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Can LiDAR sensors collect near-infrared (NIR) data at the same time or does there need to be a separate NIR camera that is combined with the LiDAR data after collection?

Blue Marble makes reference to it in their latest release of global mapper: http://www.directionsmag.com/pressreleases/updated-global-mapper-lidar-module-now-supports-nir-lidar-data/444480

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    I've not seen a NIR LiDAR unit but it would be technically feasible, due to the very low energy of NIR it may not be able to go too high though - if such a device is manufactured I have not seen it. Lasers by nature are extreme monochrome (not just 'red' one wavelength of 'red') so normally to fill out RGB (and new to ASPRS 1.4 RGBI) values you would derive them from a raster.. I would expect that NIR values are raster derived rather than being a NIR laser itself. It sounds like they're saying now supporting LAS 1.4 which supports NIR. – Michael Stimson Jun 2 '15 at 4:07
  • yeah that sounds about right i would guess it is just regarding las 1.4. – gomapping Jun 4 '15 at 4:41
  • I find this topic really interesting, because the last release of LiDAR data in Spain was a nice surprise, because they point clouds that were acquired fot the whole country by the Government had also NIR information. As a consequence, each point in the cloud has not only x, y and coordinates but also an specific value of NIR. I am rally interested in knowing if you now any country that is doing the same, or at least are planning to incorporate the multispectral data capture at the same at time the LiDAR one. Thanks in advance. – Covadonga Prendes Pérez Aug 29 at 15:56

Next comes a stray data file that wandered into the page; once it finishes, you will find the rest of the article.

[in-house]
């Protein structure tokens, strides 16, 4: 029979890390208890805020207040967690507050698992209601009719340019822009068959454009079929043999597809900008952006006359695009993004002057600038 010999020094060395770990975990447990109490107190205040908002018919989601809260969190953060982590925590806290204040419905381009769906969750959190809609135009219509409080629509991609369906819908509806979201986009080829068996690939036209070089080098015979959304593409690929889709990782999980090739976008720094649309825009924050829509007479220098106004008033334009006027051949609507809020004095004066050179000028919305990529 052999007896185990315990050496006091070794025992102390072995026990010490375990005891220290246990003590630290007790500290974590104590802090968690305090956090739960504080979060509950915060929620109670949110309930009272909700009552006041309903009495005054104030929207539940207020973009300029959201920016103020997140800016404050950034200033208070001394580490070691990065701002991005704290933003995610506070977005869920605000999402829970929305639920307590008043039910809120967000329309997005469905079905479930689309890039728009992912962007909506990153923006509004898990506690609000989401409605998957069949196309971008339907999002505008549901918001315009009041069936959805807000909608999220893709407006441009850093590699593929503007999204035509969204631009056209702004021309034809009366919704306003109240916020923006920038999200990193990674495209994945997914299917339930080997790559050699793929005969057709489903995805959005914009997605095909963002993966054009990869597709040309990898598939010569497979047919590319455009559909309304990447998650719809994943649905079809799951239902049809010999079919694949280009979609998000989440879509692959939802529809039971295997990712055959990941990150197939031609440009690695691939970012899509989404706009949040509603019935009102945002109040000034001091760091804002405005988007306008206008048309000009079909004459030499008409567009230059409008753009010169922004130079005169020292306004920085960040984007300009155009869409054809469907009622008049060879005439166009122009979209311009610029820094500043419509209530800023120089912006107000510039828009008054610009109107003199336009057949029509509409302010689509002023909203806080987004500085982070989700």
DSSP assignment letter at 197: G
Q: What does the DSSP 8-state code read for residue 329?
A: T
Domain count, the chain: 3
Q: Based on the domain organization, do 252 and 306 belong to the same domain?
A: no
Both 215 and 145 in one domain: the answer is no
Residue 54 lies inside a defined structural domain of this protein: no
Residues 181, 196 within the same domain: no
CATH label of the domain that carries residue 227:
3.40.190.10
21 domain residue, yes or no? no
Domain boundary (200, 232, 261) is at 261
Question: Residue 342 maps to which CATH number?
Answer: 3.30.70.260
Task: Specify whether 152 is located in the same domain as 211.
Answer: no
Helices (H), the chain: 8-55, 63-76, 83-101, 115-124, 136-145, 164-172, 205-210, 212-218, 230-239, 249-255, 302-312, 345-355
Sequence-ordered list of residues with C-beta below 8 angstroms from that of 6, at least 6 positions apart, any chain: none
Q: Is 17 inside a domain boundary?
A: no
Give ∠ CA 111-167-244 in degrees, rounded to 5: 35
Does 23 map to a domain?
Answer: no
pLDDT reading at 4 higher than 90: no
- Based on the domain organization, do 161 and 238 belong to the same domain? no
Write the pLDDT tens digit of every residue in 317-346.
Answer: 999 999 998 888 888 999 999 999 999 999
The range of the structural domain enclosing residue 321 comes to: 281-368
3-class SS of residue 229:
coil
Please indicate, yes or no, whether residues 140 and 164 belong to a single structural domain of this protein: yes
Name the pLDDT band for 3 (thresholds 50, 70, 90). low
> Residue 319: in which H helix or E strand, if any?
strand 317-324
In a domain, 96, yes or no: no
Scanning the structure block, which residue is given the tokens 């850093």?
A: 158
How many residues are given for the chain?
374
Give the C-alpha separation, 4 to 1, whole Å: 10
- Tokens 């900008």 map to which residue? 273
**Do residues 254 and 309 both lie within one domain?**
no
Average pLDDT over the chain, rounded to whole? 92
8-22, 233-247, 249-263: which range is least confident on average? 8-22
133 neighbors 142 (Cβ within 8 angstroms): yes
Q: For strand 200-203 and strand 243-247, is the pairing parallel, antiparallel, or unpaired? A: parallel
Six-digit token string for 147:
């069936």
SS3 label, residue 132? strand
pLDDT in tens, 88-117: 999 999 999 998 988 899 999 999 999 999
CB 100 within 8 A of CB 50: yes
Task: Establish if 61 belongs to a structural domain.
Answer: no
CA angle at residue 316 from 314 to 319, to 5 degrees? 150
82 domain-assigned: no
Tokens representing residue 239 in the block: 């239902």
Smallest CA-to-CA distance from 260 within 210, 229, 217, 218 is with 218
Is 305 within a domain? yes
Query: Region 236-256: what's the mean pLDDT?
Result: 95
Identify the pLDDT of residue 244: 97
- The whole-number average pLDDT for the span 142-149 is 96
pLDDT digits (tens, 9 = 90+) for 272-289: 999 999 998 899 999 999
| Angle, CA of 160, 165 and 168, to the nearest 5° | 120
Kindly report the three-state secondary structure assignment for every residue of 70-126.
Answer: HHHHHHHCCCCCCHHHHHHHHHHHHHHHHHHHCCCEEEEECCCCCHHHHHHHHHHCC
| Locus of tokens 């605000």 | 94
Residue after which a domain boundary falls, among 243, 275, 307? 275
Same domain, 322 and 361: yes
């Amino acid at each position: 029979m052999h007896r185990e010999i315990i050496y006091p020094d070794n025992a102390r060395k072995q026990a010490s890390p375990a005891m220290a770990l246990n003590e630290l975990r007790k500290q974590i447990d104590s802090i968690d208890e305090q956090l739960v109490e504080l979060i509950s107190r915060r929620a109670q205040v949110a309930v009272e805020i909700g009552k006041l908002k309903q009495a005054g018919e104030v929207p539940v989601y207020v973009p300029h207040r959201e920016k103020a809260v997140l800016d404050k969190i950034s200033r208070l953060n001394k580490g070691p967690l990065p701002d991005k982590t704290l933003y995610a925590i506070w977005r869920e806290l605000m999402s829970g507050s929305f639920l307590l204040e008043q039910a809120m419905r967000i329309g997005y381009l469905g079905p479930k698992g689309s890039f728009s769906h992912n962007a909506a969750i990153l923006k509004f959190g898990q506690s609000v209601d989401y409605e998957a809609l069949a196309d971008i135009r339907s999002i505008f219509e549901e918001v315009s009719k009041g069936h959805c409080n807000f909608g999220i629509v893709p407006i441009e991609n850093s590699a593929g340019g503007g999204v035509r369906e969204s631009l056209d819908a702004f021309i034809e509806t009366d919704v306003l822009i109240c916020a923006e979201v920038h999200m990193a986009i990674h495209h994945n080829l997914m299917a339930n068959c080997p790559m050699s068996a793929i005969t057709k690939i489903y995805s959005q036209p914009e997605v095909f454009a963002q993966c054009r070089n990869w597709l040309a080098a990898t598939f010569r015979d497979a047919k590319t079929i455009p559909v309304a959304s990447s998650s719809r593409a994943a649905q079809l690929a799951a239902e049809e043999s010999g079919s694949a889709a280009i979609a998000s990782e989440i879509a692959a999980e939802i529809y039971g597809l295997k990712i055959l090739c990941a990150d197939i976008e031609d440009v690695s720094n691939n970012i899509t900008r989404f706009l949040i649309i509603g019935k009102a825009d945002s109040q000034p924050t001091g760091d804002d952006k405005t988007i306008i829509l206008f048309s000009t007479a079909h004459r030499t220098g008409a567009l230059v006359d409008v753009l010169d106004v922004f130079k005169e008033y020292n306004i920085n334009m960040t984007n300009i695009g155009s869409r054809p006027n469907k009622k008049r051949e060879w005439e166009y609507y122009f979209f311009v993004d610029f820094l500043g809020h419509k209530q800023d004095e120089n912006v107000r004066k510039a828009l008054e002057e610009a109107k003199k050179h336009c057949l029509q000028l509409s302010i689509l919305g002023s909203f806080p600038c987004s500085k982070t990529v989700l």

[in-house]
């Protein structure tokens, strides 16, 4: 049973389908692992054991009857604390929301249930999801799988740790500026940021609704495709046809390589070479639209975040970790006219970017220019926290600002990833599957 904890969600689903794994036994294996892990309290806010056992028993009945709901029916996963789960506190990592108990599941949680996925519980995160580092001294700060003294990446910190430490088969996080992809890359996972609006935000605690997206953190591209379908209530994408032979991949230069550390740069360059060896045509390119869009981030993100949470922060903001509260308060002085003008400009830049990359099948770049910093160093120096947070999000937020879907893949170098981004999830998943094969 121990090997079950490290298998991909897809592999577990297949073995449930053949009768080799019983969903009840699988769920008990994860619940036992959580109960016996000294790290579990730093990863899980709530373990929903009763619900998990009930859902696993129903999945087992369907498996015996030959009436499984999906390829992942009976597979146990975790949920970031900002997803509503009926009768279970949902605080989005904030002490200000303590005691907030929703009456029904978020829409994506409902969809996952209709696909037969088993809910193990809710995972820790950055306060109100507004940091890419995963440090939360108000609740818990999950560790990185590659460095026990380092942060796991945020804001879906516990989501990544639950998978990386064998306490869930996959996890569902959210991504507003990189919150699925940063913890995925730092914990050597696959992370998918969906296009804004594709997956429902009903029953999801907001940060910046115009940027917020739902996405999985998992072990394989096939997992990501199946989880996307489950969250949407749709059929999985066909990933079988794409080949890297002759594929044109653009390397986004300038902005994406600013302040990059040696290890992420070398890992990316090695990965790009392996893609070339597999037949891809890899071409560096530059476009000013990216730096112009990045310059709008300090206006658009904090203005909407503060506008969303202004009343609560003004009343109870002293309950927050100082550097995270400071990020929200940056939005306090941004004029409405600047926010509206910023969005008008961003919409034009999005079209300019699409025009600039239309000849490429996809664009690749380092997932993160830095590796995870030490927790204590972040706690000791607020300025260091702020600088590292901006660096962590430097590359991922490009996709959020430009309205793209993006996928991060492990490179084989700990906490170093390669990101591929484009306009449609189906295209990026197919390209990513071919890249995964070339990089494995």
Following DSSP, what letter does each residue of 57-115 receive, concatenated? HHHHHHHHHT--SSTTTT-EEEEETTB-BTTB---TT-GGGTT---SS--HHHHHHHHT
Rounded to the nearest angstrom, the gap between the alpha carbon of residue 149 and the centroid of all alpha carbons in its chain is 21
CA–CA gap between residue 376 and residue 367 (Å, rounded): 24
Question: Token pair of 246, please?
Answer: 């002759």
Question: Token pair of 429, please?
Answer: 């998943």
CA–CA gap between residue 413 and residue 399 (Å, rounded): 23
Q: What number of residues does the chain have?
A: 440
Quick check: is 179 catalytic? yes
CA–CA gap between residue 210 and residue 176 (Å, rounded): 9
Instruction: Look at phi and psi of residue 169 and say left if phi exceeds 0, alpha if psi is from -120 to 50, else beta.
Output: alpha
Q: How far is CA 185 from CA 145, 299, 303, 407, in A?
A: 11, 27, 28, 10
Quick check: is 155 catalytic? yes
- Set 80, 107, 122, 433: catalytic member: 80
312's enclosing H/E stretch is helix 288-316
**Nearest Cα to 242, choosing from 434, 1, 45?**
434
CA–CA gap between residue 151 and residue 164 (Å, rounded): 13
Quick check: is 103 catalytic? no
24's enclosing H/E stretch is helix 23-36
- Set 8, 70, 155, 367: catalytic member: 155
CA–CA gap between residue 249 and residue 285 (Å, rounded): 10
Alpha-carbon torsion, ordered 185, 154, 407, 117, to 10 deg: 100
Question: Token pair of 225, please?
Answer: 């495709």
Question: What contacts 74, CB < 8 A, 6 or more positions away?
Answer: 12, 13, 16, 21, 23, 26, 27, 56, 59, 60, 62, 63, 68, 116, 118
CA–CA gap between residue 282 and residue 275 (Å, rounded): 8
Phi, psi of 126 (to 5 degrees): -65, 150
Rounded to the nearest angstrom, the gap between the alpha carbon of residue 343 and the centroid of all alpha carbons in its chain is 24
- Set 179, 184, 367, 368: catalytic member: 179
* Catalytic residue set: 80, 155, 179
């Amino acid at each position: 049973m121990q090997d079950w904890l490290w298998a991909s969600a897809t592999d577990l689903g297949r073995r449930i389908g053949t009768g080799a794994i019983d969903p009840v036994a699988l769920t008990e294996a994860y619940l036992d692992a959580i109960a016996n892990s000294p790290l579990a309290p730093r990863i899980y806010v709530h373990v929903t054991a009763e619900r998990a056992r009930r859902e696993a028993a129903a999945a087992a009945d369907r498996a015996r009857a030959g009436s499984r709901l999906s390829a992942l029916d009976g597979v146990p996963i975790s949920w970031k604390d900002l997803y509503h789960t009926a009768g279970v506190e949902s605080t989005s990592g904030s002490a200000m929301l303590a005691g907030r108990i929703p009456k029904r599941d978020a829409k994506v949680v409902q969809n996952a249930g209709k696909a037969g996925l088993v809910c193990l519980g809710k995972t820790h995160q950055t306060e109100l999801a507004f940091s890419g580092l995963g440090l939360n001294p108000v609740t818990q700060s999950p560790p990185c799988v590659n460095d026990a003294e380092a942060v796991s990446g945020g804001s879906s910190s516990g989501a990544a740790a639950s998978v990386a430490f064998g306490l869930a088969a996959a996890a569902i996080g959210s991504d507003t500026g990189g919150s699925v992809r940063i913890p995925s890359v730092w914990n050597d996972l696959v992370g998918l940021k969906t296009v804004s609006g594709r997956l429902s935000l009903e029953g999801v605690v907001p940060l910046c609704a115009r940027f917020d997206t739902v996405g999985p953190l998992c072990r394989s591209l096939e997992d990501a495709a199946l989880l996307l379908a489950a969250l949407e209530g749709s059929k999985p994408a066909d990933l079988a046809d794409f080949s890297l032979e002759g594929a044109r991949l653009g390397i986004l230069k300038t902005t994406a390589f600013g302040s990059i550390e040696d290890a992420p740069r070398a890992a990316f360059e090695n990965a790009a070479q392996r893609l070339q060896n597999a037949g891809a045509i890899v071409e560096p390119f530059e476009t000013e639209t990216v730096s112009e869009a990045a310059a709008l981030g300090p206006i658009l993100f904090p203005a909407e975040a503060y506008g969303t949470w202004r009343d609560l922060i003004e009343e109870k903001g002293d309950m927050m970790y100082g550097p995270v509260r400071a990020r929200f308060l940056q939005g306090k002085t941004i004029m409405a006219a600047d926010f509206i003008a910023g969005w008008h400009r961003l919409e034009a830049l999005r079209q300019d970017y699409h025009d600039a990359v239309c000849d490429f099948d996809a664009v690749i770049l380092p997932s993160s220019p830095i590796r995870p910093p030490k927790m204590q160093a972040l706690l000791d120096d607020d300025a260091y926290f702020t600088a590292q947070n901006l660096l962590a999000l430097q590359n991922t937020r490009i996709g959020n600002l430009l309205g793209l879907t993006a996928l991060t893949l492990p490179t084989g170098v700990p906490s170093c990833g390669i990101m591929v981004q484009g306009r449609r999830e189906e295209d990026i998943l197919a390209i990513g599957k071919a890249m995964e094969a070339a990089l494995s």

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The simple answer is that lidar sensors coupled with NIR cameras can collect point cloud data that can then have the NIR values "embedded" with them, the same way RGB values can be assigned to point cloud data collected with high res photos.

  • thanks, yeah that was what i figured, i just thought that maybe the laser intensity data was somehow processed or the laser changed to include ir. – gomapping Jun 4 '15 at 4:42
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LiDAR sensors are not "coupled" with NIR sensors. Most LiDAR devices are NIR sensors. A LiDAR works by emitting a LASER beam pulse in a single wavelength and measuring the travel time when the pulse returns to it. The receiving sensor can measure the intensity of one or several return for each pulse. Topographic LiDAR use wavelength in the NIR (most of the time 1550 or 1064 nm) for eye safety reasons. Bathymetric LiDAR use green (532 nm) in order to reduce absorption by water, but this can cause eye safety issues.

The intensity values are usually stored in the raw files as full waveform or for the main returns only. It is worth noting that the NIR value stored on a single return comes from a fraction of the emitted signal if the same pulse had several returns. Interpreting the intensity of multiple returns as a reflectance value of the observed surface is therefore tricky because the area of the surface contributing to this return is unknown.

Of course, it is possible to carry other sensors on the plane equipped with LiDAR (e.g. a multispectral sensor) in order to assign other spectral vules to the point cloud. But then you have more contraints on you flight (multispectral sensors are passive, so you can't use them during the night).

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